Front Projection

Point #1: This is where the conjecture starts - and boy, are some people at DLP going to hate this article. To the best of my knowledge, DLP is simply protecting its high-end market.

Artificially.

Let's look at this another way. Why is it that I can buy three single-chip DLP projectors for a grand total of $3000. But I cannot purchase a single 3-chip DLP projector for under $15,000? It's not because it costs 15x more to make a 3-chip system. DLP has apparently made promises, likely to both cinema DLP owners and high-end manufacturers, that it will not drop these 3-chip system prices down too far, too fast. If they did, the high-end DLP market would go into "garage-sale" mode overnight. You'd also have almost no reason to go to the cinema anymore - but who goes out to movies anymore?

What's the problem with this? I don't have a problem with it. But DLP does. 3LCD technology has been playing catch-up for years now. And what do they have to show for it?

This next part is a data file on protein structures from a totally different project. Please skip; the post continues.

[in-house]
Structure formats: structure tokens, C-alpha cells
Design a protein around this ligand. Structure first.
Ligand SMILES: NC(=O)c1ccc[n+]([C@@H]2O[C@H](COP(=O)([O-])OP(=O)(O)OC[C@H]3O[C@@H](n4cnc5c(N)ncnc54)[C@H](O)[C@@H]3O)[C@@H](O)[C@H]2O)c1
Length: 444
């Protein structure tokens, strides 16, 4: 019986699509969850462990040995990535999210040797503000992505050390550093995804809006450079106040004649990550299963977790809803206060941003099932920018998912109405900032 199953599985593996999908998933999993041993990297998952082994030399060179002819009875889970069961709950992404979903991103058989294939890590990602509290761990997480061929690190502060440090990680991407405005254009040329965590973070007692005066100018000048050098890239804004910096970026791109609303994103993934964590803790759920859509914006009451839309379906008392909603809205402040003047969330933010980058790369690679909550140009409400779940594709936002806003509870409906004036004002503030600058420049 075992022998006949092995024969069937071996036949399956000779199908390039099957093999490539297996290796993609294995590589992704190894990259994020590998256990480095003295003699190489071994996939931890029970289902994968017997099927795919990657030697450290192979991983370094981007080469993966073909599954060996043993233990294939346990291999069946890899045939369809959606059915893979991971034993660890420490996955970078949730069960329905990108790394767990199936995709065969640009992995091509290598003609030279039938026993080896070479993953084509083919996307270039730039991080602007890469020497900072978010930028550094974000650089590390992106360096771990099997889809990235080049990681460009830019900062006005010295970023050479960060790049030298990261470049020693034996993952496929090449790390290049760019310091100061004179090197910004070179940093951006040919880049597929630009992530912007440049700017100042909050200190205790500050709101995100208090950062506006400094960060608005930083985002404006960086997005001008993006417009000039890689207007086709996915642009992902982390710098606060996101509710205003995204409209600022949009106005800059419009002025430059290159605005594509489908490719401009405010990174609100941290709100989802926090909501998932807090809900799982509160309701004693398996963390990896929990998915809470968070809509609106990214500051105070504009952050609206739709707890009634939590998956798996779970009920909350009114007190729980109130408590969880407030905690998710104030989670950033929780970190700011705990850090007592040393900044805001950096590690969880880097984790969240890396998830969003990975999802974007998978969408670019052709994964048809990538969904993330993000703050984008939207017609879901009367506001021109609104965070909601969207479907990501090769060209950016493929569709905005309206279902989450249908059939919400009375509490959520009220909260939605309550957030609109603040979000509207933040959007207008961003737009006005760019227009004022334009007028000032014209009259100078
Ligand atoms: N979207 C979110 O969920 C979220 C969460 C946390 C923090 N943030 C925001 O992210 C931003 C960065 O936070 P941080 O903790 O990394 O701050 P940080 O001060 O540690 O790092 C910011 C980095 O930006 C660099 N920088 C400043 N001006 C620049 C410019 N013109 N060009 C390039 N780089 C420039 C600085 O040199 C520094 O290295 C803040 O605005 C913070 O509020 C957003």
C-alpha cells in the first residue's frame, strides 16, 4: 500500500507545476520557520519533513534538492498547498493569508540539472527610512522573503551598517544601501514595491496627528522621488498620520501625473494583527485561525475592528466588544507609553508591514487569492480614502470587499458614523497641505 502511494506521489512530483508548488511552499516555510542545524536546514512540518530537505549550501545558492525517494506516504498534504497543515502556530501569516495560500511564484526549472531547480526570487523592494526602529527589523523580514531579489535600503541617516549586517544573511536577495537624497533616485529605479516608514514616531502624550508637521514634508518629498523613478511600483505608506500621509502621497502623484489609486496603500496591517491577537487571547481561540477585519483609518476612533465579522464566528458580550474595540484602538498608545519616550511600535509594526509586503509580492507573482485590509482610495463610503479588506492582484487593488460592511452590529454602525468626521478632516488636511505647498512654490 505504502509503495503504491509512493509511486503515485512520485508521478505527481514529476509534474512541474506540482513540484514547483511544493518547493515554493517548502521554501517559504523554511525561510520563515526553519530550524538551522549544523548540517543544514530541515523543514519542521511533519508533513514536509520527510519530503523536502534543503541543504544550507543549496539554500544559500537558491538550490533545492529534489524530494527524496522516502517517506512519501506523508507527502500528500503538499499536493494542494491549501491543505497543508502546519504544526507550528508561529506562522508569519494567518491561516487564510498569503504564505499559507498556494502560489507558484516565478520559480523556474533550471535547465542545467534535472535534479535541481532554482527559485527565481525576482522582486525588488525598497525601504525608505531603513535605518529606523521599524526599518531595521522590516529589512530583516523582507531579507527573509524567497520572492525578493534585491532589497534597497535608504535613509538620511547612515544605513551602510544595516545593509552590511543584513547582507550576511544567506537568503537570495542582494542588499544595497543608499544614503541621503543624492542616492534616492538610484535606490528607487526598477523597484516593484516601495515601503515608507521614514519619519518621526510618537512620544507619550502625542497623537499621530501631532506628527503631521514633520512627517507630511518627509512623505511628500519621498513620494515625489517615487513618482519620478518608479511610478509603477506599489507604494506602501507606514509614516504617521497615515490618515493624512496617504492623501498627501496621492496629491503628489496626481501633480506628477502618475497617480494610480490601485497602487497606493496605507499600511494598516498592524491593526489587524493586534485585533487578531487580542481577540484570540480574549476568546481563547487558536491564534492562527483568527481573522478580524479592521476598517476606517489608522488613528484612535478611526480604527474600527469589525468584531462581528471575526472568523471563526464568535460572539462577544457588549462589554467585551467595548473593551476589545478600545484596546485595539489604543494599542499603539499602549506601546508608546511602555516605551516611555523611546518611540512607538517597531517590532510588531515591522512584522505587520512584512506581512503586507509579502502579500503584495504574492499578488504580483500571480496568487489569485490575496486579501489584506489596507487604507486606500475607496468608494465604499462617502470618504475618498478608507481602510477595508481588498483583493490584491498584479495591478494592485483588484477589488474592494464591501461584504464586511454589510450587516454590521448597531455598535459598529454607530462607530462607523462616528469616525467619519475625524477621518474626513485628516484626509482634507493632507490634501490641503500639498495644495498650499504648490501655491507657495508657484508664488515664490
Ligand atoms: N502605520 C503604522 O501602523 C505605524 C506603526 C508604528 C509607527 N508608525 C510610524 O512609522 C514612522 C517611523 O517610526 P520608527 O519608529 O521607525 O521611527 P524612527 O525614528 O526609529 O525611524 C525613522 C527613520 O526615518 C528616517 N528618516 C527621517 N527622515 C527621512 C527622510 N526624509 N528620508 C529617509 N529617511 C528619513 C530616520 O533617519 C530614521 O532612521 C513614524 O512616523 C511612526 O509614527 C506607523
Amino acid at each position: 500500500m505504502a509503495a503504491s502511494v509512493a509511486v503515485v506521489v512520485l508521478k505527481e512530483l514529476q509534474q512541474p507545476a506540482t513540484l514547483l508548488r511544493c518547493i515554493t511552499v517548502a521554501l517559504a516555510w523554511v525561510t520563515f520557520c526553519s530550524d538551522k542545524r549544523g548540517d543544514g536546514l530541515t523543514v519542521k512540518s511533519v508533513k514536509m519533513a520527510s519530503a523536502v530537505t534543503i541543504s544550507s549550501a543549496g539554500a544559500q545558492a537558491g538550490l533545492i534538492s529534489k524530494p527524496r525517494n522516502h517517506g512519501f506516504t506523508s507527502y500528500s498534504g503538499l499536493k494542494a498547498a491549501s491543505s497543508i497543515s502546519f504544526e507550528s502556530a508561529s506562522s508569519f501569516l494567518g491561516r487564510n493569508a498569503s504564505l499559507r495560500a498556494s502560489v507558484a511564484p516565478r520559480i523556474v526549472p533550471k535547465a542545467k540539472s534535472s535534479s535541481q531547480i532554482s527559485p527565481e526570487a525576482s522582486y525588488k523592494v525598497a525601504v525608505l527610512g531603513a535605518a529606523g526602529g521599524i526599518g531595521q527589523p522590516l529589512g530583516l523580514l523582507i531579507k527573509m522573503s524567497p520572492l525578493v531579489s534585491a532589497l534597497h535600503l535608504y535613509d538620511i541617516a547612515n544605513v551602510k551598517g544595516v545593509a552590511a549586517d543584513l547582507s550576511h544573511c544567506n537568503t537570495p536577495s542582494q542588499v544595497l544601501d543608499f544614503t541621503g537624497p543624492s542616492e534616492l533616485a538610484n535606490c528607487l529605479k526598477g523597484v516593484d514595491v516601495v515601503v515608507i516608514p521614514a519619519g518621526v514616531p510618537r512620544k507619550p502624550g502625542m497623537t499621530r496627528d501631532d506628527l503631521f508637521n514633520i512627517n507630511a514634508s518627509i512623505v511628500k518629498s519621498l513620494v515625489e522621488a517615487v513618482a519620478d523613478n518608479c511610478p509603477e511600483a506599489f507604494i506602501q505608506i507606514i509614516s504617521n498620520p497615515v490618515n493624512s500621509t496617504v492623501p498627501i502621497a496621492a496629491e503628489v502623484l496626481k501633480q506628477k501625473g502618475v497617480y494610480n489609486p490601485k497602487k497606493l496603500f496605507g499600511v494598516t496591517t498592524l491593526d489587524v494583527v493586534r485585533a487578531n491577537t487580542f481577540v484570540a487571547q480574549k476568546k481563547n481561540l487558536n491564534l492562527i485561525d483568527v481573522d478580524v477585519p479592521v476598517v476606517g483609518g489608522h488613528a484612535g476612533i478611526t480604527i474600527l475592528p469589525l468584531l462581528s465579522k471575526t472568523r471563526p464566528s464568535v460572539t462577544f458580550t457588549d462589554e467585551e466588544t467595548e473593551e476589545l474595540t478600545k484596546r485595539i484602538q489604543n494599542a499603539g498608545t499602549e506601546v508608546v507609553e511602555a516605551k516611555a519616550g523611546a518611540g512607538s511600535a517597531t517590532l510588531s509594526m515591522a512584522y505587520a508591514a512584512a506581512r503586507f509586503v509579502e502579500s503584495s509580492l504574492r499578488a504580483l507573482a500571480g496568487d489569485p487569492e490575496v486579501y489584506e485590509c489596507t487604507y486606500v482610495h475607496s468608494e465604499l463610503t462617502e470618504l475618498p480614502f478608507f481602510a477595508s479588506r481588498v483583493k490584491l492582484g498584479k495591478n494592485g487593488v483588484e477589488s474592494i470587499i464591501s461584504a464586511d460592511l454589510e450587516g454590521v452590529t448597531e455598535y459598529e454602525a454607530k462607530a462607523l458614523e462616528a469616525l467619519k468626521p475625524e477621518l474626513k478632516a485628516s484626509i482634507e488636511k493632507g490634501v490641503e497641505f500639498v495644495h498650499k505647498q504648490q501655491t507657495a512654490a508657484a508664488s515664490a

• 2-way lens shift in all but the most entry-level products
  • 3-chip systems with no rainbow effect issues
  • Increasingly impressive contrast ratios
  • Ever deeper black levels and advanced Iris systems
  • Diminished interpixel spacing that now rivals DLP

DLP made some huge improvements with its DC3 chipsets, but recent advancements seem to be incremental at best. That's not to say that Epson's new D7 panel update is anything to write home about, but DLP is all but evenly matched with LCD - except that LCD offers more features, options and configurability than DLP at the same price points. In most theater rooms I've seen, black levels, previously the ace-in-the-hole for DLP, is all but a non-issue in models priced around $2500. Rainbow effect remains and it will continue to remain until DLP breaks down and allows 3-chip systems to hit the budget price market.

Point #2: DLP isn't getting any smaller. While not necessarily an issue with respect to home theater front projection systems, the size of the DLP mirror-coated chip all but eliminates it from use in upcoming advanced portable projection products. LCD is silicon-based and continues to benefit from inherent advances in technology that allow for smaller panel sizes and more condensed pixels. This means that LCD technology (or something we have yet to see) will likely be the choice for next-generation ultra-portable projection devices.

What Does All This Mean?